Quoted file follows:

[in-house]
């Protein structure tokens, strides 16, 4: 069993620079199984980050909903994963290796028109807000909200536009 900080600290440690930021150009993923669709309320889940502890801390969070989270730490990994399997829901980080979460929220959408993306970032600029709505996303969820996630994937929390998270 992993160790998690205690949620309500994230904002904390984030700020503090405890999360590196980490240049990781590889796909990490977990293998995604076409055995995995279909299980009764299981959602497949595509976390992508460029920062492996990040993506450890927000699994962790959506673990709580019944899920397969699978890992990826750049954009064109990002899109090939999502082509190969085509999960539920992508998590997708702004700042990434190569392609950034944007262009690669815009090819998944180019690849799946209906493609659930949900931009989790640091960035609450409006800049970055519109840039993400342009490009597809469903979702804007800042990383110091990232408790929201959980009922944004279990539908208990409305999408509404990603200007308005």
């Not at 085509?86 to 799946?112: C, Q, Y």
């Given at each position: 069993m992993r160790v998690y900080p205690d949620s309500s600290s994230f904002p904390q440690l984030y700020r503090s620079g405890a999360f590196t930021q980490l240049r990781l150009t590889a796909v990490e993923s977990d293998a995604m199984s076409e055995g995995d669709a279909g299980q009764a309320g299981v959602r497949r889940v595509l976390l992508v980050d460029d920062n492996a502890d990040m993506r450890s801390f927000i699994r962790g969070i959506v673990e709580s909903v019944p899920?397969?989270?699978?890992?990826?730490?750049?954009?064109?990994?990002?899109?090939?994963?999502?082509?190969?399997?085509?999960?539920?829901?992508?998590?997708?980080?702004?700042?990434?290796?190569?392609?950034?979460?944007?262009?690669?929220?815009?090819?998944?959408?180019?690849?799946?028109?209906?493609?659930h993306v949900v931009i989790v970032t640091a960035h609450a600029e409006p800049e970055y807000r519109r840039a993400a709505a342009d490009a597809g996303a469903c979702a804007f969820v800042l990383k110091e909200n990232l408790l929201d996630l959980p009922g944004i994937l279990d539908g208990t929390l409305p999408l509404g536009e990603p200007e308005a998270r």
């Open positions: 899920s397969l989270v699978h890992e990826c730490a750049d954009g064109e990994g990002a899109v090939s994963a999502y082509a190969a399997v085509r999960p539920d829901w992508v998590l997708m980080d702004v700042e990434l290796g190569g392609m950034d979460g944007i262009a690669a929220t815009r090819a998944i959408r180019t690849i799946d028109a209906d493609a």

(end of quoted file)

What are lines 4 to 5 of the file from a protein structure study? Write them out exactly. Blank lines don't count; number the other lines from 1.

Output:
């Given at each position: 069993m992993r160790v998690y900080p205690d949620s309500s600290s994230f904002p904390q440690l984030y700020r503090s620079g405890a999360f590196t930021q980490l240049r990781l150009t590889a796909v990490e993923s977990d293998a995604m199984s076409e055995g995995d669709a279909g299980q009764a309320g299981v959602r497949r889940v595509l976390l992508v980050d460029d920062n492996a502890d990040m993506r450890s801390f927000i699994r962790g969070i959506v673990e709580s909903v019944p899920?397969?989270?699978?890992?990826?730490?750049?954009?064109?990994?990002?899109?090939?994963?999502?082509?190969?399997?085509?999960?539920?829901?992508?998590?997708?980080?702004?700042?990434?290796?190569?392609?950034?979460?944007?262009?690669?929220?815009?090819?998944?959408?180019?690849?799946?028109?209906?493609?659930h993306v949900v931009i989790v970032t640091a960035h609450a600029e409006p800049e970055y807000r519109r840039a993400a709505a342009d490009a597809g996303a469903c979702a804007f969820v800042l990383k110091e909200n990232l408790l929201d996630l959980p009922g944004i994937l279990d539908g208990t929390l409305p999408l509404g536009e990603p200007e308005a998270r």
């Open positions: 899920s397969l989270v699978h890992e990826c730490a750049d954009g064109e990994g990002a899109v090939s994963a999502y082509a190969a399997v085509r999960p539920d829901w992508v998590l997708m980080d702004v700042e990434l290796g190569g392609m950034d979460g944007i262009a690669a929220t815009r090819a998944i959408r180019t690849i799946d028109a209906d493609a």